GrievingGGrievingGrievingEnglishCardiologyChild (0-12 years);Teen (13-18 years)HeartCardiovascular systemNAAdult (19+)NA2010-05-19T04:00:00ZLaura Beaune, RNChristine Newman, MD, FRCPC7.0000000000000070.0000000000000849.000000000000Flat ContentHealth A-ZLosing a child is one of the most difficult losses to deal with. This page describes common reactions to grief and suggests some ways to cope.<p>You may be overwhelmed with a range of emotions after the loss of your child. Losing a child is one of the most difficult losses to deal with. No parent expects to outlive their child. You may feel sad one minute and angry the next. You may feel shock, denial, and depression. Sometimes you feel these emotions all together or one after the other. Often they come without warning. You may also experience a tremendous emotional release if you've been holding your emotions in throughout the course of your child's illness. </p><h2> Key points </h2> <ul><li> It is normal to feel overwhelmed with different emotions after losing a child.</li> <li> It is healthy to express your emotions and ask for help after the death of a child.</li></ul>
Le deuilLLe deuilGrievingFrenchCardiologyChild (0-12 years);Teen (13-18 years)HeartCardiovascular systemNAAdult (19+)NA2010-05-19T04:00:00ZLaura Beaune, RNChristine Newman, MD, FRCPC7.0000000000000070.0000000000000849.000000000000Flat ContentHealth A-ZLa perte d’un enfant est l’un des deuils les plus difficiles à vivre. Cette page décrit les réactions courantes face au deuil et suggère plusieurs manières d’y faire face.<p> Cette page explique les réactions courantes durant le processus de deuil et présente différentes stratégies permettant de surmonter le deuil. </p><h2> À retenir </h2> <ul><li>Il est normal de se sentir accablé par différentes émotions après la perte d’un enfant.</li> <li>Il est sain d’exprimer vos émotions et de demander de l’aide après le décès d’un enfant.</li></ul>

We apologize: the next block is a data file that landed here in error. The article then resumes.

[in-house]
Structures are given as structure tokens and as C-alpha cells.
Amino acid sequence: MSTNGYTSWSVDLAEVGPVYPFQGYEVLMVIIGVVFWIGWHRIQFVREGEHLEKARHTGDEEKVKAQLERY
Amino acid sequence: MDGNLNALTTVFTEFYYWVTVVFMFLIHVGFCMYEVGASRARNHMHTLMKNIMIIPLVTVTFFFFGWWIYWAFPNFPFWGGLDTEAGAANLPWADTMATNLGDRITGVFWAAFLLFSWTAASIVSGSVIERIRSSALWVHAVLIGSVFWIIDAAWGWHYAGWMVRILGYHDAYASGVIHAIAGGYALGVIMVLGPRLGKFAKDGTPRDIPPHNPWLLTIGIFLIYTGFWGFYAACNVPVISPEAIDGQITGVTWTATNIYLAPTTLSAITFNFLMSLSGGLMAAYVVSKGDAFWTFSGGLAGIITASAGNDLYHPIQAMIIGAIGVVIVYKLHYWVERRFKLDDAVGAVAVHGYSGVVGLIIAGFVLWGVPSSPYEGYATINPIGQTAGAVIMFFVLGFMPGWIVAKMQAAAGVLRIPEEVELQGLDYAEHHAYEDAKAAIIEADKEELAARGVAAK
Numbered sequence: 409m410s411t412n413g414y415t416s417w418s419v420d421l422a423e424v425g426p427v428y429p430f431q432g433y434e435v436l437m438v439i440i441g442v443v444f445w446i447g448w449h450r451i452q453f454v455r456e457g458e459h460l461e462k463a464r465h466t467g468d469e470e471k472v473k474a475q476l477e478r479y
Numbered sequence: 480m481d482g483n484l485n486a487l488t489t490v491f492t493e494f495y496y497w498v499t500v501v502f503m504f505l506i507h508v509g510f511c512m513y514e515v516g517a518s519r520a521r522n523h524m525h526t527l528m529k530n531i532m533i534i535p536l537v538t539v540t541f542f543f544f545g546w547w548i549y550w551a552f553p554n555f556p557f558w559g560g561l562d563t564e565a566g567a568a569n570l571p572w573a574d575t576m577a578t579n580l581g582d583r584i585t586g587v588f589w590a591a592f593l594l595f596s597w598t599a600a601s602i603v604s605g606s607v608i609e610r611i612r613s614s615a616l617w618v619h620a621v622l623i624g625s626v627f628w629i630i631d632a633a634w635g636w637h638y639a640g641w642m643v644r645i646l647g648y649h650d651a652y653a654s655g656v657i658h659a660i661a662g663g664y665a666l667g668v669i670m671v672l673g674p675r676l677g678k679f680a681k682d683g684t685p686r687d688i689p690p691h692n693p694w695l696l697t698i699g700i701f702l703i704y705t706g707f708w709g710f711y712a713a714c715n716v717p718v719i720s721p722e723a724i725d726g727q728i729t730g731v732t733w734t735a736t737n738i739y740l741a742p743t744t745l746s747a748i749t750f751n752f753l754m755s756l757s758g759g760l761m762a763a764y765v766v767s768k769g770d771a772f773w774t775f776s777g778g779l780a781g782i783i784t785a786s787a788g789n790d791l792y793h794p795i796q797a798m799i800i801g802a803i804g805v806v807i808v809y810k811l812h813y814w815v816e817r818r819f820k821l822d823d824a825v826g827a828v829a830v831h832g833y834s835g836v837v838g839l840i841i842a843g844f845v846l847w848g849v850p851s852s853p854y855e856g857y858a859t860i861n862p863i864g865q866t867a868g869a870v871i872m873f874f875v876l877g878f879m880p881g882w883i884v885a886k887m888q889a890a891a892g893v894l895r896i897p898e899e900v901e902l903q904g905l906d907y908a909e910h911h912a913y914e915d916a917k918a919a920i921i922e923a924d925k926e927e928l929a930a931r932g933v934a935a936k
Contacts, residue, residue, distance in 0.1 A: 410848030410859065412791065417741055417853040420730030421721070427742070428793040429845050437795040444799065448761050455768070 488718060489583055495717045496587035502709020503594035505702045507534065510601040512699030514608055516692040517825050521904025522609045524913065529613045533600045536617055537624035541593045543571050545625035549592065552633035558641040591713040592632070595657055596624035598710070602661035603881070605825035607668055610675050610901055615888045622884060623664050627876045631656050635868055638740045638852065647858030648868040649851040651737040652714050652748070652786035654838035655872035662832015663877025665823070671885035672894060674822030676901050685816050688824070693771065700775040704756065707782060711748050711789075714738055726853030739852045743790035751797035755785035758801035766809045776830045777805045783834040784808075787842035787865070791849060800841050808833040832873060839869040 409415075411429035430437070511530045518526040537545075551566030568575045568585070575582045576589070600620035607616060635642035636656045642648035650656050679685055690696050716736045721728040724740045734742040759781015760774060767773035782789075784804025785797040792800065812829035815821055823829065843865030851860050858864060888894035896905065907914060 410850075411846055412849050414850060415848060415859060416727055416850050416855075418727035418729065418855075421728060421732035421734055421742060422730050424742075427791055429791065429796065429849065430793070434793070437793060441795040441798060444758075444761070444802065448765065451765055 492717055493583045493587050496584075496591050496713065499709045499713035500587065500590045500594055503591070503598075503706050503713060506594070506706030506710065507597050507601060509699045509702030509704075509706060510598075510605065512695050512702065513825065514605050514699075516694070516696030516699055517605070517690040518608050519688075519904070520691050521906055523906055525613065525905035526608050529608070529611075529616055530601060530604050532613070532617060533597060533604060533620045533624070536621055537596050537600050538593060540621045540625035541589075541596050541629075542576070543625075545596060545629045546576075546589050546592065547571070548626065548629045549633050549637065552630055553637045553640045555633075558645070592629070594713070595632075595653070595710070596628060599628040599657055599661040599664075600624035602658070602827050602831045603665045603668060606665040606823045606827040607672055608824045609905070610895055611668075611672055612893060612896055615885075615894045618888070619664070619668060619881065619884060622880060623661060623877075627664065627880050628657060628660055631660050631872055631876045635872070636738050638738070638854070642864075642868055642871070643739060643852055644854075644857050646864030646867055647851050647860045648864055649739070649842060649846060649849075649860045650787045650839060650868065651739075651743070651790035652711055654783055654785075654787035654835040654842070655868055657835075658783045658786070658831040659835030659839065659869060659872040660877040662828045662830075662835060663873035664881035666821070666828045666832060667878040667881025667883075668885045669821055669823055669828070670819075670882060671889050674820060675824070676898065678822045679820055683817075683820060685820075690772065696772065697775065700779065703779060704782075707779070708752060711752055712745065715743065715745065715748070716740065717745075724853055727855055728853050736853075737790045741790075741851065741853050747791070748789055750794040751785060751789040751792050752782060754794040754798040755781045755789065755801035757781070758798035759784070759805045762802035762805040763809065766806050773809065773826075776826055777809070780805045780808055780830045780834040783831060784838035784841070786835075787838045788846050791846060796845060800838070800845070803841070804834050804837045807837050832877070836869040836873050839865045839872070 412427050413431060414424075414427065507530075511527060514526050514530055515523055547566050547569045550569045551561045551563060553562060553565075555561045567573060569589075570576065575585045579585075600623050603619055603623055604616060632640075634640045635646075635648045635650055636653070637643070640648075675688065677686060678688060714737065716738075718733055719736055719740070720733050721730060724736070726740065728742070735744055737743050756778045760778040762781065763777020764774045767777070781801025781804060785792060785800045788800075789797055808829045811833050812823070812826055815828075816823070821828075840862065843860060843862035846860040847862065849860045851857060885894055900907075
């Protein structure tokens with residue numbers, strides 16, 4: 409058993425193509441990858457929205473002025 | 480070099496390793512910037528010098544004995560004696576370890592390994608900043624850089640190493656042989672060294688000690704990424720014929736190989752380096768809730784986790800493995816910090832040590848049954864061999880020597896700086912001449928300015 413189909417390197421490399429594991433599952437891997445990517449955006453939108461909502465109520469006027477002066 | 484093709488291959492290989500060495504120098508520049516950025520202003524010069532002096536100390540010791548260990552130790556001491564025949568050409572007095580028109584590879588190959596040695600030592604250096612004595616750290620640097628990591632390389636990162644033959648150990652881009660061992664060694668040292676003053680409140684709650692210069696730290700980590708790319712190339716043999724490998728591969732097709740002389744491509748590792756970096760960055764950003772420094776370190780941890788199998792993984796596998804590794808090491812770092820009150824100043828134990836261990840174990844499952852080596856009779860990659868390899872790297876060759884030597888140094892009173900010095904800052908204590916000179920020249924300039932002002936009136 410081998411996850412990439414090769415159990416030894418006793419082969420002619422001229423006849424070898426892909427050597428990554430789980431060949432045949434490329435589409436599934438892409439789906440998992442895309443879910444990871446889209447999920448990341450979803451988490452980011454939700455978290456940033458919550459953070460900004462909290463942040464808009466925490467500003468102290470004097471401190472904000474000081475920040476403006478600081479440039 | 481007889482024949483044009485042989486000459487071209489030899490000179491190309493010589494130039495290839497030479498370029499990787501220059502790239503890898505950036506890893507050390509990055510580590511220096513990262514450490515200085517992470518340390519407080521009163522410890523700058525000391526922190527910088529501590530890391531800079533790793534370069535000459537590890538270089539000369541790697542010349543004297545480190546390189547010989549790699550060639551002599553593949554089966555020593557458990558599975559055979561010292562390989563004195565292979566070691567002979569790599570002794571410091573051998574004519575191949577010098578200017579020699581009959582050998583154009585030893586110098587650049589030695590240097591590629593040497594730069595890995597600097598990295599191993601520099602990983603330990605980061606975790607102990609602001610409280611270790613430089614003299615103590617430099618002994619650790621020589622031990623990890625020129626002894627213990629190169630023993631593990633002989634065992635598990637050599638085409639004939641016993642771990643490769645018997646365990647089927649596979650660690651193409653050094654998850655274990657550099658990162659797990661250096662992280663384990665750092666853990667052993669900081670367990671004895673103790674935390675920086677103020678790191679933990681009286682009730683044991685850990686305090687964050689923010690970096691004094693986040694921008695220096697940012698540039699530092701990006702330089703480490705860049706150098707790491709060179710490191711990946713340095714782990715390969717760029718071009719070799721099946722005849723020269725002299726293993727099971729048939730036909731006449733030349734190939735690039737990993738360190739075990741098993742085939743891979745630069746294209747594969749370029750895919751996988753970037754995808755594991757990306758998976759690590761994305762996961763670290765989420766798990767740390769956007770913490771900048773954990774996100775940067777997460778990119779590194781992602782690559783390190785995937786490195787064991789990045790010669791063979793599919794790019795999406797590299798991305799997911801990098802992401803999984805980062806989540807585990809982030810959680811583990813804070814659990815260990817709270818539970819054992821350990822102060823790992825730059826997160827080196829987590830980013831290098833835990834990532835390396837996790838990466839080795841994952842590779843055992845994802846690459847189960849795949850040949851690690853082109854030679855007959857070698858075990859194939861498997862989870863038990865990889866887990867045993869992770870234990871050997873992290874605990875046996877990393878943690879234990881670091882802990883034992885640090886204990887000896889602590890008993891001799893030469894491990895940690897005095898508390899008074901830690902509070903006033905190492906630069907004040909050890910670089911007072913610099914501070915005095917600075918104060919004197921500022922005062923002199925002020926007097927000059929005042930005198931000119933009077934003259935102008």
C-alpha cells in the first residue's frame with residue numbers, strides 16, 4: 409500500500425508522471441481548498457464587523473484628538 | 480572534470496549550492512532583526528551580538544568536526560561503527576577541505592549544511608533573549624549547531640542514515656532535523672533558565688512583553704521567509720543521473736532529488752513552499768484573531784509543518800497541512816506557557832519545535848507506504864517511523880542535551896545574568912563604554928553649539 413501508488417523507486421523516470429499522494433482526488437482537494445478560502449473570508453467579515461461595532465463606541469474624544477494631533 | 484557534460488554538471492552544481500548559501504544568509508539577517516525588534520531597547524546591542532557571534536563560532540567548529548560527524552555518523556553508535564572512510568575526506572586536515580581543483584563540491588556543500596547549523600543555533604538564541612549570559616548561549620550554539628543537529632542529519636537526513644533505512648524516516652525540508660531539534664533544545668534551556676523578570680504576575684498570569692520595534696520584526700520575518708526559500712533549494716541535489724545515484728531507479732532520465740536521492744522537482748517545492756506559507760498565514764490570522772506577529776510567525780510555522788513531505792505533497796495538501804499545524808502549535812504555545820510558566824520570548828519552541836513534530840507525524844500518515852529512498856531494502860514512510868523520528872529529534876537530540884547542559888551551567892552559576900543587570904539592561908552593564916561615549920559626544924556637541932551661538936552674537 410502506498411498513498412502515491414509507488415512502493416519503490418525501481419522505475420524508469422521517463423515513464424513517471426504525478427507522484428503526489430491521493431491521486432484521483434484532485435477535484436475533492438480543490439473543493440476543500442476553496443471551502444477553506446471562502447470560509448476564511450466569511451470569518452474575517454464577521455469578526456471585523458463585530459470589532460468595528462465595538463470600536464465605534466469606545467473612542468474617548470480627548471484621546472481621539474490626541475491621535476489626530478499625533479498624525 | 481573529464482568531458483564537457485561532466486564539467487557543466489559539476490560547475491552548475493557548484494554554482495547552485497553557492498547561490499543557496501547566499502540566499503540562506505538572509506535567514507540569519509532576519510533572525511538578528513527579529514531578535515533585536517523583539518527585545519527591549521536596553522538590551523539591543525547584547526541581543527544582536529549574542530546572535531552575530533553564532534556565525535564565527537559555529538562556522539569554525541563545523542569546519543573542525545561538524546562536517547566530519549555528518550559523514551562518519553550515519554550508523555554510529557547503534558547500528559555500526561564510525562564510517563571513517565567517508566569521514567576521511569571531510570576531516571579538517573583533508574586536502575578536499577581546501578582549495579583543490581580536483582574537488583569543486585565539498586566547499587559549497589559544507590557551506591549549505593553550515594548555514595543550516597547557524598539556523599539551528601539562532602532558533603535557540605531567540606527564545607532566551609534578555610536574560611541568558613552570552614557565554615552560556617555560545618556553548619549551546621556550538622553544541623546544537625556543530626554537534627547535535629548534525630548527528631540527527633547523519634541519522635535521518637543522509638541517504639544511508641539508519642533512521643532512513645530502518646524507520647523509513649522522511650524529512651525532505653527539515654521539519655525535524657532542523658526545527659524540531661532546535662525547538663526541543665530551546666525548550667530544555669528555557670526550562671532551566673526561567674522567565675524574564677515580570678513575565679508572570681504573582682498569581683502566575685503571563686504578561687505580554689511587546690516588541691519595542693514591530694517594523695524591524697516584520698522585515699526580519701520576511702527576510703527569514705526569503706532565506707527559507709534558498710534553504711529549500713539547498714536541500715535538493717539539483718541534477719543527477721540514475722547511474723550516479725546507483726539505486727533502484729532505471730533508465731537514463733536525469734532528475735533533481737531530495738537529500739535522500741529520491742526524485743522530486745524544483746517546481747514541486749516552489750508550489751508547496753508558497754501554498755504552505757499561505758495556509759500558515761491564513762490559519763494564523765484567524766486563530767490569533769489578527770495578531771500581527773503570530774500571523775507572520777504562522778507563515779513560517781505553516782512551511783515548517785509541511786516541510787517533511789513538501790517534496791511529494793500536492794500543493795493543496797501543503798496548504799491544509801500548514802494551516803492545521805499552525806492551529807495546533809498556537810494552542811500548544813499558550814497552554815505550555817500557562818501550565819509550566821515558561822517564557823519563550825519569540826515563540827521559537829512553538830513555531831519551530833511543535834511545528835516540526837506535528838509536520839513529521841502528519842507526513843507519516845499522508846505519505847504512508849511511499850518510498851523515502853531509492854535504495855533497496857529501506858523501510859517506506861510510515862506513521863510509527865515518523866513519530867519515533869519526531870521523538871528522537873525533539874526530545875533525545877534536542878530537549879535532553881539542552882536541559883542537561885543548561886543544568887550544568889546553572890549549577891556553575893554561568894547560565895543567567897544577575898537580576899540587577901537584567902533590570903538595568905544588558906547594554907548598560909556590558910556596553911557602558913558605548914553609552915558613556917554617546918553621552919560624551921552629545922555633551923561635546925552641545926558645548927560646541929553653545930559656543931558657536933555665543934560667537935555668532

Grieving1691.00000000000GrievingGrievingGEnglishCardiologyChild (0-12 years);Teen (13-18 years)HeartCardiovascular systemNAAdult (19+)NA2010-05-19T04:00:00ZLaura Beaune, RNChristine Newman, MD, FRCPC7.0000000000000070.0000000000000849.000000000000Flat ContentHealth A-ZLosing a child is one of the most difficult losses to deal with. This page describes common reactions to grief and suggests some ways to cope.<p>You may be overwhelmed with a range of emotions after the loss of your child. Losing a child is one of the most difficult losses to deal with. No parent expects to outlive their child. You may feel sad one minute and angry the next. You may feel shock, denial, and depression. Sometimes you feel these emotions all together or one after the other. Often they come without warning. You may also experience a tremendous emotional release if you've been holding your emotions in throughout the course of your child's illness. </p><h2> Key points </h2> <ul><li> It is normal to feel overwhelmed with different emotions after losing a child.</li> <li> It is healthy to express your emotions and ask for help after the death of a child.</li></ul><h2>What feelings will you experience when your child dies?</h2> <p>Grieving tends to follow a certain process, though every individual grieves differently. Well known grief counsellor William Worden identified four phases of grief as follows: </p><ul><li>acceptance of the reality of the loss</li><li>experience of the pain of grief</li><li>adjustment to an environment in which the deceased is missing</li><li>withdrawal of emotional energy from the deceased and reinvestment in another relationship</li></ul><p>Individuals may go through these phases in steps or move back and forth between phases.</p><h2>What are normal grief reactions?</h2><ul><li>crying unexpectedly</li><li>forgetfulness</li><li>tightening of the throat and chest</li><li>sighing<br></li><li>confusion, inability to perform simple tasks</li><li>fatigue, restlessness</li><li>change in sleeping habits</li><li>apathy</li><li>loss of appetite or overeating</li><li>feeling of emptiness</li><li>sense of the presence of the deceased</li><li>frequent dreams about the deceased</li></ul><h2>How do you cope with your feelings?</h2><p>Give yourself time to adjust. These are immensely uncomfortable feelings. Initially you may just want to withdraw. Be gentle with yourself, but in time try to see the good things in life and reconnect with loved ones. Don't be afraid to let people know you need help. Be specific when telling them how they can help by doing things such as spending time with you, doing some shopping, or helping out with baby care. </p><p>Talk about your feelings with someone close to you, someone who can listen patiently and without judging. Consider, though, that your spouse will be struggling with emotional overload too, and neither of you may be in a position to effectively comfort each other. The same may hold true for other family members and friends. </p><p>Catch up on relationships with friends when you're ready. It might be helpful to try to make some new relationships. Reading books and poetry can provide some comfort, as can writing, perhaps in a journal or in letters to your child. </p><p>Consider joining a bereavement support group or speaking to a grief counsellor. It is likely that someone from the cardiac team or from the hospital palliative care service will also follow up with you periodically after the event. They can provide support and suggest resources. </p><p>If you are a spiritual person, your faith may provide some comfort, in the form of religious services and prayer. If you find yourself angry at God, know that this is a common reaction. Rituals like a funeral can also provide an opportunity to honour your child. </p><p>Don't think you need to be stoic and emotionless. It's healthy to express your feelings; show your other children that it’s acceptable. Say something like: "Today I'm feeling sad. How about you?" </p><p>Grieving is a truly personal experience. Everyone grieves in their own way. There is no set time for getting over something. Know that it will be a struggle and very painful in the beginning. The intensity of your grief will change; however, it doesn't necessarily get easier in time. You won't "get over it," but you will find a way to reconcile yourself to what has happened. Denying the loss and your pain may prevent you from moving on and learning to live without your child. You won't forget your child, but you will simply find a new way of living that enables you to embrace new experiences. </p><p>Sometimes the death of someone close prompts people to take up new causes to help others, to engage in new activities, or to meet new people. It can also prompt a bigger embracing of life and how precious it is. The bottom line is that over time, those who are grieving the loss of someone close come to accept what has happened and learn to grow again. </p><h2>Advice for parents coping with grief:</h2><ul><li>Take care of yourselves physically.</li><li>Work on your own grief too.</li><li>Deal with your feelings of guilt and blame.</li><li>Allow surviving children their own method of grieving.</li><li>Get help for surviving children, if they need it.</li><li>Find healthy ways to remember your child.</li><li>Find ways to spend time with your surviving children but at the same time give them space when needed.</li><li>Don't compare your dead child to your surviving children or expect them to fill the void in your life created by your child's death. </li></ul><h2>What if your grief is overwhelming you?</h2><p>If you find yourself sinking into a depression or unable to cope — particularly if you withdraw from your family and can't parent your surviving children — seek out the help of a counsellor or bereavement group. Major red flags include concerns about your own well being, concerns expressed by others about your well being, and thoughts of self-harm. </p>https://assets.aboutkidshealth.ca/AKHAssets/grieving.jpgGrieving